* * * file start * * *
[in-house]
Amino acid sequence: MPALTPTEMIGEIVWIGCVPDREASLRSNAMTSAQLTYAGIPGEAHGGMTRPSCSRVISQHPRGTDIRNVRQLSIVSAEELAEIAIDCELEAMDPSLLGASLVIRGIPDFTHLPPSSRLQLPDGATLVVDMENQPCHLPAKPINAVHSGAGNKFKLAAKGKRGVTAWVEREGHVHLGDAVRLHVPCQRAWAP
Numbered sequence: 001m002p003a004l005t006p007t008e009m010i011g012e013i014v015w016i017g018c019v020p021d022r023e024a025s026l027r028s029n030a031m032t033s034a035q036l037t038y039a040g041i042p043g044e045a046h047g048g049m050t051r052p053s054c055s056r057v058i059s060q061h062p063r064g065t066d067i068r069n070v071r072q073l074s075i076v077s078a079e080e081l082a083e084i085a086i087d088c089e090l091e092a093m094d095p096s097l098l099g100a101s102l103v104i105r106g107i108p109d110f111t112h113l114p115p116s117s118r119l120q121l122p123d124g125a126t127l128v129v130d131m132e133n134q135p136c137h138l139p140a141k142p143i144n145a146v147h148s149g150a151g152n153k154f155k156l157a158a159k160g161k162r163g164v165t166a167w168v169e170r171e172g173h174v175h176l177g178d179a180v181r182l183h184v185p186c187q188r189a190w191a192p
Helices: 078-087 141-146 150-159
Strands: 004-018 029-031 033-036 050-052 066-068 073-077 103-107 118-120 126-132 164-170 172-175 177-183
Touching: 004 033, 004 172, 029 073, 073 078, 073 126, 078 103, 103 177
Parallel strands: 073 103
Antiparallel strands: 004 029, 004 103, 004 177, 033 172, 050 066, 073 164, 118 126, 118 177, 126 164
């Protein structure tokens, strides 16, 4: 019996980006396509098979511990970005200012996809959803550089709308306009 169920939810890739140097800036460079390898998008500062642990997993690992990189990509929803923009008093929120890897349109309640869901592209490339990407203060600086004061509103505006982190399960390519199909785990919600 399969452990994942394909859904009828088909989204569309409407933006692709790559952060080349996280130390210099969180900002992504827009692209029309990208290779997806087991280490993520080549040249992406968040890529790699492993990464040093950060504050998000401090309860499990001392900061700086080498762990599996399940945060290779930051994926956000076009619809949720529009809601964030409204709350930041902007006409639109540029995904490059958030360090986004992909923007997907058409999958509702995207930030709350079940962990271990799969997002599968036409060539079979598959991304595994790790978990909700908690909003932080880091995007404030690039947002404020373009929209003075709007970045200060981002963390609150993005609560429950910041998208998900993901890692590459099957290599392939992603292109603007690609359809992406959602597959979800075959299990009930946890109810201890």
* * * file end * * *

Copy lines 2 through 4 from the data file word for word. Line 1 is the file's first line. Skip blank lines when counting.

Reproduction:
Amino acid sequence: MPALTPTEMIGEIVWIGCVPDREASLRSNAMTSAQLTYAGIPGEAHGGMTRPSCSRVISQHPRGTDIRNVRQLSIVSAEELAEIAIDCELEAMDPSLLGASLVIRGIPDFTHLPPSSRLQLPDGATLVVDMENQPCHLPAKPINAVHSGAGNKFKLAAKGKRGVTAWVEREGHVHLGDAVRLHVPCQRAWAP
Numbered sequence: 001m002p003a004l005t006p007t008e009m010i011g012e013i014v015w016i017g018c019v020p021d022r023e024a025s026l027r028s029n030a031m032t033s034a035q036l037t038y039a040g041i042p043g044e045a046h047g048g049m050t051r052p053s054c055s056r057v058i059s060q061h062p063r064g065t066d067i068r069n070v071r072q073l074s075i076v077s078a079e080e081l082a083e084i085a086i087d088c089e090l091e092a093m094d095p096s097l098l099g100a101s102l103v104i105r106g107i108p109d110f111t112h113l114p115p116s117s118r119l120q121l122p123d124g125a126t127l128v129v130d131m132e133n134q135p136c137h138l139p140a141k142p143i144n145a146v147h148s149g150a151g152n153k154f155k156l157a158a159k160g161k162r163g164v165t166a167w168v169e170r171e172g173h174v175h176l177g178d179a180v181r182l183h184v185p186c187q188r189a190w191a192p
Helices: 078-087 141-146 150-159